The number of international students enrolled in U.S. colleges and universities exceeded one million for the first time during 2015-16 academic year, a 7% increase from the previous year and nearly double the level of 10 years ago.

But some U.S. schools are concerned about their ability to continue to dominate the global marketplace. They cite the election of Donald Trump, who ran on a platform of tightening U.S. borders, combined with China’s growing effort to attract international students, flat U.S. government education spending and a spate of racist attacks on college campuses since the election.

“I think there will be a short-term chilling effect on international students coming here not unlike there was after 9/11,” said Jason Lane, chairman of the Department of Education Policy and Leadership at the University at Albany-SUNY. “International students will be concerned about what the political environment means for them.”

China continues to send the largest number of students to the U.S. at 328,547, up 8.1% over the 2014-15 academic year, while India is second, at 165,918, up 25% from the prior year, according to the Institute of International Education, which released its “Open Doors” report on Monday.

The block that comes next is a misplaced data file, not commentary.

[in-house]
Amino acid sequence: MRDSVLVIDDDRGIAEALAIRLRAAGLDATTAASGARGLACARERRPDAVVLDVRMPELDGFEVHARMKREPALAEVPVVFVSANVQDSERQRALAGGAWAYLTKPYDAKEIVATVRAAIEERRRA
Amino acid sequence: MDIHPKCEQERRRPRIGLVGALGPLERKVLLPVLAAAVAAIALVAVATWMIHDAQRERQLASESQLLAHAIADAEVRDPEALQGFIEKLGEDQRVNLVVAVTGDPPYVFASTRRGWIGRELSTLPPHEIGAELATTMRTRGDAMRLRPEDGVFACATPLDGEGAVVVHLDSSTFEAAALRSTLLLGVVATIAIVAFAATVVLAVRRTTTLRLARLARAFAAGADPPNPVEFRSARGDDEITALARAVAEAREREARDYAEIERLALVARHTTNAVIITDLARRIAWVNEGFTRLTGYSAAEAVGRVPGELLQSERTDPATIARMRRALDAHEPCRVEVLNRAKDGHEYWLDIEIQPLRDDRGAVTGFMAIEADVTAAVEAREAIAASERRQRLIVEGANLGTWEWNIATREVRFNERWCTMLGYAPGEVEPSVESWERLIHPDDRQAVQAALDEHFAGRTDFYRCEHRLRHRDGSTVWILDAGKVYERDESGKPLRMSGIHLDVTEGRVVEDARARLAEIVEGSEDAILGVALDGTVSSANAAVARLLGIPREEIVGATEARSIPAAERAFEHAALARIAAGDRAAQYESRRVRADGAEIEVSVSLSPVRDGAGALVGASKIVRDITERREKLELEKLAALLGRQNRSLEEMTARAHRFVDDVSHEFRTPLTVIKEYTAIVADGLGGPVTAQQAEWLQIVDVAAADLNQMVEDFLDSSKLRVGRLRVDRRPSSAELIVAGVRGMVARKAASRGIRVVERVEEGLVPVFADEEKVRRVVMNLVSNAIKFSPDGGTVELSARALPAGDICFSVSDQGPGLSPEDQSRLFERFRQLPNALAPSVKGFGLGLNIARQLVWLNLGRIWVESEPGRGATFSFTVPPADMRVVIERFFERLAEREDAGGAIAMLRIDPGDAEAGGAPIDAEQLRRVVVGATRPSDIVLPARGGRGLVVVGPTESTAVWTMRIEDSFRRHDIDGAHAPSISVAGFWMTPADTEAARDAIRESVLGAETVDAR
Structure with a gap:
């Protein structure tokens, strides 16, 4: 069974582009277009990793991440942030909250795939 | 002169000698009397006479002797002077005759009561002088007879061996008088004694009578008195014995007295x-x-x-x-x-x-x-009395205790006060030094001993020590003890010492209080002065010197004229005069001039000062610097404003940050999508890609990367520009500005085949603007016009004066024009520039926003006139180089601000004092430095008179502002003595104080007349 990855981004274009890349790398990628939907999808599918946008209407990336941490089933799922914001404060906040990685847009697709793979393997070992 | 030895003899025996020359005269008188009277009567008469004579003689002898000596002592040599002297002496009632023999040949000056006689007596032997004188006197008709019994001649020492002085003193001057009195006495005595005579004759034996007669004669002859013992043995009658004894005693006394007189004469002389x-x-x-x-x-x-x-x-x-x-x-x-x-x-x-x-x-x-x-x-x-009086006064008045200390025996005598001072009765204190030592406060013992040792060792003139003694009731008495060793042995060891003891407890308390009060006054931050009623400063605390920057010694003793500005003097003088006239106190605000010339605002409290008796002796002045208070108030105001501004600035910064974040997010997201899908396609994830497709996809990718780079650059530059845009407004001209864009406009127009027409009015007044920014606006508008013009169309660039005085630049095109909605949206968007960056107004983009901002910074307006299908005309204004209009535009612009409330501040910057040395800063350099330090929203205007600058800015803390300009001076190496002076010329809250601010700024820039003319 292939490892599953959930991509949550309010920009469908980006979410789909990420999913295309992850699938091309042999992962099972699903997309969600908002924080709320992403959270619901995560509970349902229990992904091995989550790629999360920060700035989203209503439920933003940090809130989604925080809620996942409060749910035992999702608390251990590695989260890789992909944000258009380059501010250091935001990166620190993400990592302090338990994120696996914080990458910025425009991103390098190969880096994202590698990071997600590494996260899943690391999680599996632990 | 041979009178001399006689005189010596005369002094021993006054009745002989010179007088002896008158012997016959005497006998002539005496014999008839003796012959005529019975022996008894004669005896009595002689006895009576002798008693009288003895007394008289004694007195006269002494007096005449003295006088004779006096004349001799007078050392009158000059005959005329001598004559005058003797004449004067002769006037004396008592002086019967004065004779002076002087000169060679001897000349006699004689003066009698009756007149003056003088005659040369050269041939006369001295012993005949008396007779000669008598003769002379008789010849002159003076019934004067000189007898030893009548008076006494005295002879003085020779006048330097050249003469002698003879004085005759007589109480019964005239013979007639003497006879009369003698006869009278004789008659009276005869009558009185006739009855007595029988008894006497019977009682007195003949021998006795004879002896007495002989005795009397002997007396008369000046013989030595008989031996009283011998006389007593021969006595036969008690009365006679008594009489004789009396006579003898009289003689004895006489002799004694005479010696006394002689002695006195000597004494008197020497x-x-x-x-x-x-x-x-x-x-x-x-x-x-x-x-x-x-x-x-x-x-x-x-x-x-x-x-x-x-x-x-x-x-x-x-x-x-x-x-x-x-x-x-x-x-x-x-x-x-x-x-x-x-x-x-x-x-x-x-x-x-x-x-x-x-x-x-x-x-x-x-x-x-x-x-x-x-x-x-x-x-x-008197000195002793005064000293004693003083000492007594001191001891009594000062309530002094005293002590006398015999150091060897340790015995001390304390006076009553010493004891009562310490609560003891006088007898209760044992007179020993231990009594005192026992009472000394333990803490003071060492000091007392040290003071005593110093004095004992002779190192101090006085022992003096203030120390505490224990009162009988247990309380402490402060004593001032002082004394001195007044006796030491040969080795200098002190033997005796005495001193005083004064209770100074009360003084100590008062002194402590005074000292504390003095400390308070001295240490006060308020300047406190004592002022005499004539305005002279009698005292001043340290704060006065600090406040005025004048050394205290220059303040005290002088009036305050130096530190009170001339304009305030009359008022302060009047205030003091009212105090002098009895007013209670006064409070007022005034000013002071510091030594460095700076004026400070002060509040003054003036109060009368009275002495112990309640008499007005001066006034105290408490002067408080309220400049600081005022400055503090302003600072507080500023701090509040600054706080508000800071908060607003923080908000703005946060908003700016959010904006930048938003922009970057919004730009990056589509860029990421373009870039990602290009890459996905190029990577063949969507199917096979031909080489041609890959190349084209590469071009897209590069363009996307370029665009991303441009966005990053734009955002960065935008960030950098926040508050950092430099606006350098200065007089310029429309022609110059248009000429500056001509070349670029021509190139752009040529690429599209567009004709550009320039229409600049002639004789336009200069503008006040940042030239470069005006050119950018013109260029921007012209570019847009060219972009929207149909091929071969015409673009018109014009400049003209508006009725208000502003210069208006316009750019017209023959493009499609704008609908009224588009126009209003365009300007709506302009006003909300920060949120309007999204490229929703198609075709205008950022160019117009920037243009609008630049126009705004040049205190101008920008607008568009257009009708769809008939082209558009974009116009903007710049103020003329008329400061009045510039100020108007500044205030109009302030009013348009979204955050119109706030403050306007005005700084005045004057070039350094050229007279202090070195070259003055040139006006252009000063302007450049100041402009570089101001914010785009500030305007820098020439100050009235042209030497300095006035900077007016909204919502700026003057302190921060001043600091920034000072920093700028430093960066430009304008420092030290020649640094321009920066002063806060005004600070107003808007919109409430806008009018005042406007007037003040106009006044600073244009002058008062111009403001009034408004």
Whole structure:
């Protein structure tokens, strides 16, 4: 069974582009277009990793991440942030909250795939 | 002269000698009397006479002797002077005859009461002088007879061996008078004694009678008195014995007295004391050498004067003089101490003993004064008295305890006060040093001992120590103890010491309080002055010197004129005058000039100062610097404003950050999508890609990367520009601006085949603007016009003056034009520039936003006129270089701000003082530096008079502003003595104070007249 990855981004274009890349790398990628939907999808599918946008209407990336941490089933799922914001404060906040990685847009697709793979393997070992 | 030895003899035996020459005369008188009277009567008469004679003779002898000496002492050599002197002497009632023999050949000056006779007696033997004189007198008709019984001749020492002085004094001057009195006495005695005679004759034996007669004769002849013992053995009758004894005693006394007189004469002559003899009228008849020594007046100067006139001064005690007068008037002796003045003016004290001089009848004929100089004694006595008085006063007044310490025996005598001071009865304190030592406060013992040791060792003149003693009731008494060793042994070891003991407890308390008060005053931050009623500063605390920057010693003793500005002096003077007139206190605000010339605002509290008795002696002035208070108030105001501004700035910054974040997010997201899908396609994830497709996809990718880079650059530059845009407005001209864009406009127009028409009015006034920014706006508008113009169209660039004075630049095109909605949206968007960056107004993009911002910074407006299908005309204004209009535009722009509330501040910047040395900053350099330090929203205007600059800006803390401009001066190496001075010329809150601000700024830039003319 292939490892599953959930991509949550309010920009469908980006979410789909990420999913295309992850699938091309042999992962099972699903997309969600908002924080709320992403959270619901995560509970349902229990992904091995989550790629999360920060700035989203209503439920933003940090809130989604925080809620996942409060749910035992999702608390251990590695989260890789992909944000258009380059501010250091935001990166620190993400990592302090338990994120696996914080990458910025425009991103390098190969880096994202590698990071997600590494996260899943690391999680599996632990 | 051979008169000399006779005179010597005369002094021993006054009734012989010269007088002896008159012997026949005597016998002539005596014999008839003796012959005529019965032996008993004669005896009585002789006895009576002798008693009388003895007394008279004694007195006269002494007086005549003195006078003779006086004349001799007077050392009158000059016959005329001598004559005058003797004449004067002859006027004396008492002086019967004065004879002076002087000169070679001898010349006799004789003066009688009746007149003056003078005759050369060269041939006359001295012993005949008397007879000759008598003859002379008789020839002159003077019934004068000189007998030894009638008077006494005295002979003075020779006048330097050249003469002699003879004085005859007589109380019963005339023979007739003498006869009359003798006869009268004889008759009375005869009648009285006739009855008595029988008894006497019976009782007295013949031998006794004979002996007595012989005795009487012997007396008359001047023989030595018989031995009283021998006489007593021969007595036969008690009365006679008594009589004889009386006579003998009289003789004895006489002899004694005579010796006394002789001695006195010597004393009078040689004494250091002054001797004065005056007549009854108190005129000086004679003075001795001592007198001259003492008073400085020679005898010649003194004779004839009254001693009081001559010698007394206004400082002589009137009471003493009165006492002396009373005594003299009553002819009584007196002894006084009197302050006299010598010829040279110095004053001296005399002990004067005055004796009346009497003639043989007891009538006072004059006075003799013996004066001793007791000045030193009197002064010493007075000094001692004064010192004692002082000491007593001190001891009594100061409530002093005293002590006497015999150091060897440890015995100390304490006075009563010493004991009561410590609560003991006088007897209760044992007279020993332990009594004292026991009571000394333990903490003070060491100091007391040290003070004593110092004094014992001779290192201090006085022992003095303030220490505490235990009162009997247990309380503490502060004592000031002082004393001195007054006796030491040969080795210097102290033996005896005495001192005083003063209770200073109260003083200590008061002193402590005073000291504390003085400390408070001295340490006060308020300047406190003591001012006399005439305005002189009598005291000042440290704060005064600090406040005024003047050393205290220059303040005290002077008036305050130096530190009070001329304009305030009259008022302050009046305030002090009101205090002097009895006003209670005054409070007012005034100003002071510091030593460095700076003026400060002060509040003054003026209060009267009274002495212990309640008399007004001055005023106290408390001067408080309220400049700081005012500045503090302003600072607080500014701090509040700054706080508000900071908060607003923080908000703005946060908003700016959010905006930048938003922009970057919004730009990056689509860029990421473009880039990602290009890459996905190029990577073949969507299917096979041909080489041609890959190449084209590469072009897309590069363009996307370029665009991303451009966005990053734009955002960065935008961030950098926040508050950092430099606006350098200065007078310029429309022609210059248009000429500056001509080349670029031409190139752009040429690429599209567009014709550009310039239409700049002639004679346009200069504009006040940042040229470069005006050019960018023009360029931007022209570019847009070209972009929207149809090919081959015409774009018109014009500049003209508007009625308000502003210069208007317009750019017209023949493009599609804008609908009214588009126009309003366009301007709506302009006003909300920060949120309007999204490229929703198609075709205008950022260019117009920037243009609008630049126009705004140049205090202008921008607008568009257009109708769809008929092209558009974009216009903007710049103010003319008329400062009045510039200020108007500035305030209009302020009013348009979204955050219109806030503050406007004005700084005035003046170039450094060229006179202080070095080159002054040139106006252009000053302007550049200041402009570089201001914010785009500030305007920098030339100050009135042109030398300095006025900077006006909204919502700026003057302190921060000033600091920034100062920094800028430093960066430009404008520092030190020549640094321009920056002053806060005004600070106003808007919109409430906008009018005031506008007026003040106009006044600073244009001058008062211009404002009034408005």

The U.S. is by far the largest destination for international students, but investment in higher education by China is reshaping the global marketplace. A decade ago, China attracted very few students from abroad; last year there were 397,635, according to the Chinese government. That is up 36% from 2011.

In 2015, 60% of students studying in China came from other Asian nations. South Koreans alone sent 66,672 last year. The number of South Koreans studying in the U.S. declined last year by 4% to 61,007.

By 2020, China is projected to attract more international students than the U.K., which is second to the U.S. in the field, according to several analysts. The U.K.’s decision to leave the European Union could hurt its prospects of attracting foreign students, they said.

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